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21

 

meditation consists in getting established in the constant habit of regarding all forms as being equally the manifestations of the same one all-pervading life and as being nothing in themselves, in their separateness. This type of meditation is contributory to the disentanglement from the world of creation; and it furthers the cultivation of the highest type of universal love, which regards the whole of humanity and other living creatures as members of an indivisible whole.

 

But the type of meditation, which is concerned with the numerous forms of manifested life, remains incomplete unless it is supplemented by another type of meditation which is concerned with one's own body.* One's own body—gross, subtle, or mental—is, like the bodies of others, a form of the one all-pervading life; but consciousness gets fixed to one's own body by an attachment which is so deep that it completely identifies with the body. Continued thoughts of detachment concerning one's own body helps emancipation of consciousness and the dawn of true self-knowledge; and meditation of this type is very fruitful for the aspirant. The gross, the subtle and the mental bodies are all then regarded as cloaks which one may put on or off.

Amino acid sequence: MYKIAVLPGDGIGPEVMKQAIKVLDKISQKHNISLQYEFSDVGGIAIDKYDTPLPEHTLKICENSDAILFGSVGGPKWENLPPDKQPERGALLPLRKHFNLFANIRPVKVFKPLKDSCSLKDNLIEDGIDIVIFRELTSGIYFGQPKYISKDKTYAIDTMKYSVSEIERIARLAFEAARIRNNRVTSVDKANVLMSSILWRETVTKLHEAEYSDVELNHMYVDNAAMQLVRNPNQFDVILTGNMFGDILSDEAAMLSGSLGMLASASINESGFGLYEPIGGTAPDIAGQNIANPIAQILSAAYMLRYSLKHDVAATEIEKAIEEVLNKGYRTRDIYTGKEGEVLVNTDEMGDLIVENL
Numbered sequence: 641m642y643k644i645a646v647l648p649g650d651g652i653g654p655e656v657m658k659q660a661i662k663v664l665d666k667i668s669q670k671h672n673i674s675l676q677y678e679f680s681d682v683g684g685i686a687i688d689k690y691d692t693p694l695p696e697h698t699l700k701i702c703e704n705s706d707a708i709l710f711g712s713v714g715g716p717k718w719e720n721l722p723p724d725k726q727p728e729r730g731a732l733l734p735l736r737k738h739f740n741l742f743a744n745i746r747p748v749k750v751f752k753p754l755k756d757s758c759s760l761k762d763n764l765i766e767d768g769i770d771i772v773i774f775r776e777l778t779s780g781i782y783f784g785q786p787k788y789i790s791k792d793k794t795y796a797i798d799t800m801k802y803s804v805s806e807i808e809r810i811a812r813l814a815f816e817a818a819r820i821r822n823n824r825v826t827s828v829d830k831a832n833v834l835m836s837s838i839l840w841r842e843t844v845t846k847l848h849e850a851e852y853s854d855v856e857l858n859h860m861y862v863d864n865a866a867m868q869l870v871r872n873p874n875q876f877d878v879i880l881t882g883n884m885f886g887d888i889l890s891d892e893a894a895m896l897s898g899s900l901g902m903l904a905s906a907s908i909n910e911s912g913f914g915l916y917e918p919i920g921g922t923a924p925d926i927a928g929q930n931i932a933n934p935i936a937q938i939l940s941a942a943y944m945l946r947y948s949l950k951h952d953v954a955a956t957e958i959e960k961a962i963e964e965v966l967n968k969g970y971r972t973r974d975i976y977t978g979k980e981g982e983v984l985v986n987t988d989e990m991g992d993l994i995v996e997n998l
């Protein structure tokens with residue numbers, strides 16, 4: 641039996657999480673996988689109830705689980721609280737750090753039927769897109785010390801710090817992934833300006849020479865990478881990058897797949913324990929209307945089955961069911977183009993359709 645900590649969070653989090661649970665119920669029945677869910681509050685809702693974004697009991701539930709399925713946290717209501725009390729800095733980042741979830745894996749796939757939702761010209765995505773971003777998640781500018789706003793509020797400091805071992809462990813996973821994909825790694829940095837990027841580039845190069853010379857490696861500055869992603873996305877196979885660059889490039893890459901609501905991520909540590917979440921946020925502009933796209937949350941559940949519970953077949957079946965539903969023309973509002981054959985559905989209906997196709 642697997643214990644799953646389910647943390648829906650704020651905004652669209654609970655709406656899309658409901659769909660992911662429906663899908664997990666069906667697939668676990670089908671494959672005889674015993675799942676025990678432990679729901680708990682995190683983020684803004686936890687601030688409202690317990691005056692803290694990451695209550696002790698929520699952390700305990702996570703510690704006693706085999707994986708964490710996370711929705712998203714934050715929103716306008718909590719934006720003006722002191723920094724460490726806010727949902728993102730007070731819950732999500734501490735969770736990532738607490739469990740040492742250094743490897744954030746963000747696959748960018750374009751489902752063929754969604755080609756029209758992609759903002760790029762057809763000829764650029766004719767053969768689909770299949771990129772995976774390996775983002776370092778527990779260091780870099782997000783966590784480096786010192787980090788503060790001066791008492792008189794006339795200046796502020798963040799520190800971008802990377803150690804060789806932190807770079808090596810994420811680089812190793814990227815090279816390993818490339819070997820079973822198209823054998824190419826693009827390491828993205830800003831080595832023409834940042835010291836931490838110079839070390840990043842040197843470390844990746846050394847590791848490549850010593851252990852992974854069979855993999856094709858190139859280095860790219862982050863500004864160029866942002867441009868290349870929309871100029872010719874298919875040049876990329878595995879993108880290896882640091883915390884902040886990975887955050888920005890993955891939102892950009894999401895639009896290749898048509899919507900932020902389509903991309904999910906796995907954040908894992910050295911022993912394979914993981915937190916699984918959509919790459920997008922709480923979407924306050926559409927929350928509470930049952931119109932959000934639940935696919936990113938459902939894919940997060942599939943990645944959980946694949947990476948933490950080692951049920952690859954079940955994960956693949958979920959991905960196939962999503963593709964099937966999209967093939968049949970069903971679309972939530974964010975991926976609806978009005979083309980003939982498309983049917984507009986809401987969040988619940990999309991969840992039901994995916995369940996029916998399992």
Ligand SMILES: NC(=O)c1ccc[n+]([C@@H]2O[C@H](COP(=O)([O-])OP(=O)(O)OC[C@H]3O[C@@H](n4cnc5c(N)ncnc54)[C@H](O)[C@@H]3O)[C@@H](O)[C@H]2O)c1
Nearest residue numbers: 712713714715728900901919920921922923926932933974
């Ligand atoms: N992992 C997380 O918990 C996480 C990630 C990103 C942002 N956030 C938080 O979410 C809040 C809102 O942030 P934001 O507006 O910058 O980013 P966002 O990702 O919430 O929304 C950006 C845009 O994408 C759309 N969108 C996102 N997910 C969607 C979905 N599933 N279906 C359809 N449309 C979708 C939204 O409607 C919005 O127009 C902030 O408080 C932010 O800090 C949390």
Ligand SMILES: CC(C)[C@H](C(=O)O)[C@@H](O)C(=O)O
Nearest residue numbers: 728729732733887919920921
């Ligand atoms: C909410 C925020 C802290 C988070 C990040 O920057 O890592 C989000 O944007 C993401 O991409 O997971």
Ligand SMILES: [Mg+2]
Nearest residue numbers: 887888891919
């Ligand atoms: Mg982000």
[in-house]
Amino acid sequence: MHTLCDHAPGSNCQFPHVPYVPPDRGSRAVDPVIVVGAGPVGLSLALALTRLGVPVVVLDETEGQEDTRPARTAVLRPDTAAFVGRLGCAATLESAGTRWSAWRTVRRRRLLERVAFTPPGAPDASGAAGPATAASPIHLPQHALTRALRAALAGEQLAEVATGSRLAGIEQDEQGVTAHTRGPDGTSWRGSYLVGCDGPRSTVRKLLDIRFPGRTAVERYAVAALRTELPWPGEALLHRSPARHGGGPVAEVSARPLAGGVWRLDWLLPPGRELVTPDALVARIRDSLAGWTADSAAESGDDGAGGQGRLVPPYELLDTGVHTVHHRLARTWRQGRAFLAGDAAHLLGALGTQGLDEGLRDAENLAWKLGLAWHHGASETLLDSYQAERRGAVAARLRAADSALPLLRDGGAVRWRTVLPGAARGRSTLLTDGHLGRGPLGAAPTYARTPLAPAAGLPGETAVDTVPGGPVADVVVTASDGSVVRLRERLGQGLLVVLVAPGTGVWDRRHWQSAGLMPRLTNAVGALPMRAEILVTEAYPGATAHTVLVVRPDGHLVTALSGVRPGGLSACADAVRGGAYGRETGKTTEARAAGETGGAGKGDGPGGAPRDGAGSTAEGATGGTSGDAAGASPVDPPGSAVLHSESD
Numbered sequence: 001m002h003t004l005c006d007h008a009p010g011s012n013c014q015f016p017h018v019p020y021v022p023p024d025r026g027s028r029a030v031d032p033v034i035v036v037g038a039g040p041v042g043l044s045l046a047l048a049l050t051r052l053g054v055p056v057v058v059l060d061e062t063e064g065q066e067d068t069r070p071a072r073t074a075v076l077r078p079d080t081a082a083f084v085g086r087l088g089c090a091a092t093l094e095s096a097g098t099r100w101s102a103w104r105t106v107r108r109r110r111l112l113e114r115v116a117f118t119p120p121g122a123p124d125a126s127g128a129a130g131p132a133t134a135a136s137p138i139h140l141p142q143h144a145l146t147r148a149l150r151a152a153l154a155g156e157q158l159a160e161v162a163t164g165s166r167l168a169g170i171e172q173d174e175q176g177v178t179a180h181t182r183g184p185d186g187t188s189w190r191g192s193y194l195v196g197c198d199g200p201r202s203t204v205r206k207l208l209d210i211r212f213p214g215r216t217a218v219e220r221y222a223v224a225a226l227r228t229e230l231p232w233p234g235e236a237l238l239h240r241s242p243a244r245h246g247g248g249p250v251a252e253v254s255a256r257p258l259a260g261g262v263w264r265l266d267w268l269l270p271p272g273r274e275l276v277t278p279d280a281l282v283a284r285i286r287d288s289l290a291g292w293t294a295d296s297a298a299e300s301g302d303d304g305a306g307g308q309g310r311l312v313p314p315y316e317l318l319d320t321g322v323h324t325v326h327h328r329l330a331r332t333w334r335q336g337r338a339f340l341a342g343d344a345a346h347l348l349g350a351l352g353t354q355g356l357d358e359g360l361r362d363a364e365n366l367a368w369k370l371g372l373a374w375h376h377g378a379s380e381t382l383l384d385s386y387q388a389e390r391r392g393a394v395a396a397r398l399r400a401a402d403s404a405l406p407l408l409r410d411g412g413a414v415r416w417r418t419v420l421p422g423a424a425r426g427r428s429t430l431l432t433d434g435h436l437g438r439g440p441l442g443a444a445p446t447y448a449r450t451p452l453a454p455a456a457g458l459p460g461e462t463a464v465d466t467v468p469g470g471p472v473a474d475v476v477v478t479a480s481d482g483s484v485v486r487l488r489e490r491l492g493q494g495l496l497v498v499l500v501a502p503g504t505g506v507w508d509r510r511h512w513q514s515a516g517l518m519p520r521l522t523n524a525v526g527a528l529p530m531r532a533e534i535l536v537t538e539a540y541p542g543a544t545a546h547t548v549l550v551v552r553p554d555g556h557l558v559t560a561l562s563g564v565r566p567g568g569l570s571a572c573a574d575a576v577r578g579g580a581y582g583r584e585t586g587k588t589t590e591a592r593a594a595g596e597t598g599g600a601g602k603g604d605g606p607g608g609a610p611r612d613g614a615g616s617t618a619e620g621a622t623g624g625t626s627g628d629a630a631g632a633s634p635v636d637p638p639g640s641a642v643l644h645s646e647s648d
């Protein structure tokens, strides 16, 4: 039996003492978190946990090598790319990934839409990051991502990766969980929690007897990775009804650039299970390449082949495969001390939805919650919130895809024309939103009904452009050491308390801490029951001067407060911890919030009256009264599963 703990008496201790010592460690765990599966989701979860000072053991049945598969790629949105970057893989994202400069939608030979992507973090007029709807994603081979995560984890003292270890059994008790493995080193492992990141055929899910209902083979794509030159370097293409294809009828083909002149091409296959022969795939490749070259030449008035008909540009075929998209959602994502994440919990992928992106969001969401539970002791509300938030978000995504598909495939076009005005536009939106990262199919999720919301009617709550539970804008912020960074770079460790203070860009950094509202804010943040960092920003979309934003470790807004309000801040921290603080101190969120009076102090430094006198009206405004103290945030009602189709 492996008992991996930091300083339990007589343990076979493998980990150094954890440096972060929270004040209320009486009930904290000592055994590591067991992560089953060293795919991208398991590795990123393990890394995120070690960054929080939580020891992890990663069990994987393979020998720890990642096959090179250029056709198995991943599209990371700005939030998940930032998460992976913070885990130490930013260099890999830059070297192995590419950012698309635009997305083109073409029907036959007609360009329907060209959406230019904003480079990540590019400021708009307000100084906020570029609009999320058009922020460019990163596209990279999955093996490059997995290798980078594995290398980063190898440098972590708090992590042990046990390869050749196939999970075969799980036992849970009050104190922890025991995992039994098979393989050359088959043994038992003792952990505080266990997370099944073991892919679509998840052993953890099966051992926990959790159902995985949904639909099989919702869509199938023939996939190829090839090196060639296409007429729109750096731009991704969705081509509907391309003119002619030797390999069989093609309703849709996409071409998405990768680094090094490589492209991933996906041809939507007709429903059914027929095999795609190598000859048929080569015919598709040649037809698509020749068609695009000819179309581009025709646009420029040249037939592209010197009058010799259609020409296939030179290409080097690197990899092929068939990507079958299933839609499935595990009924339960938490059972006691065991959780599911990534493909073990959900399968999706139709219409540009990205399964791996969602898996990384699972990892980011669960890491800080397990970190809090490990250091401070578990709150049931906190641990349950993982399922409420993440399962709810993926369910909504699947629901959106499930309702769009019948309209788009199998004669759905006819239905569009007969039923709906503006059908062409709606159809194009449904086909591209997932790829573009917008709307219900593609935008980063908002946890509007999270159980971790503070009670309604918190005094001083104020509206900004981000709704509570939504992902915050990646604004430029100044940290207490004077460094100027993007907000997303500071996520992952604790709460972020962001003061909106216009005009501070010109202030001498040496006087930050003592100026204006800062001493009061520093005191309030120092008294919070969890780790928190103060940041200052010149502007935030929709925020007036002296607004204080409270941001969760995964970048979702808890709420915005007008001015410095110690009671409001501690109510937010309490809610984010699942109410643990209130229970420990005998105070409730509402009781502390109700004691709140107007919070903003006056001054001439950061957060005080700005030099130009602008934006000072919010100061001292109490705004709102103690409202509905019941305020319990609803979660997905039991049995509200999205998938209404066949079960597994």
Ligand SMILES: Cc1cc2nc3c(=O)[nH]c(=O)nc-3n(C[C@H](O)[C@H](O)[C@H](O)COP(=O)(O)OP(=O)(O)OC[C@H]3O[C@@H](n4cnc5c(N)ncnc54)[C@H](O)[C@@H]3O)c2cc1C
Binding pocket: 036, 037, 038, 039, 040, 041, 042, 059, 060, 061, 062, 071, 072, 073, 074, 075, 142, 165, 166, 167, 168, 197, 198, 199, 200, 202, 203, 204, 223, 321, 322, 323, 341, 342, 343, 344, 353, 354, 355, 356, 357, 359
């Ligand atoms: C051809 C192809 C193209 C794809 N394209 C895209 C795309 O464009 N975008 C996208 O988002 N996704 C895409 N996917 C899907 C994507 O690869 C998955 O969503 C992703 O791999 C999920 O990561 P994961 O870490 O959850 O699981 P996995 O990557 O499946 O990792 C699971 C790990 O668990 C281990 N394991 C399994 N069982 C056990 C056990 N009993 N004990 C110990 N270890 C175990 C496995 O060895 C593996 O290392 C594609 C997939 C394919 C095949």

The type of meditation which is concerned with the numerous forms of manifested life and the type of meditation which is concerned with one's own bodies, are both preparatory to the form of impersonal meditation,** in which (a) an effort is made to withdraw consciousness from all the numerous forms of manifested life as well as from one's own bodies—gross, subtle or mental, and (b) to center consciousness on the formless and infinite aspect of God.

 

This form of impersonal meditation has, in the initial phases, to avail itself of some symbols of infinity. It is actually more helpful to start with some image which suggests and signifies infinity than to start with the abstract idea of infinity. The mind may be made steady on the image of sky, ocean or vast emptiness; but, when once a particular image is chosen, the aspirant should stick to it throughout the period of meditation and not allow it to be replaced by another image. Out of these symbols of infinity, complete and unlimited emptiness is difficult to imagine; but it turns out to be the best symbol if one can successfully bring it before one's mind. Even when unlimited emptiness is used for signifying infinity, the aspirant is not,

 

*Meditation No. 6 in the Table.

** Meditation No. 7 in the Table.

 

 

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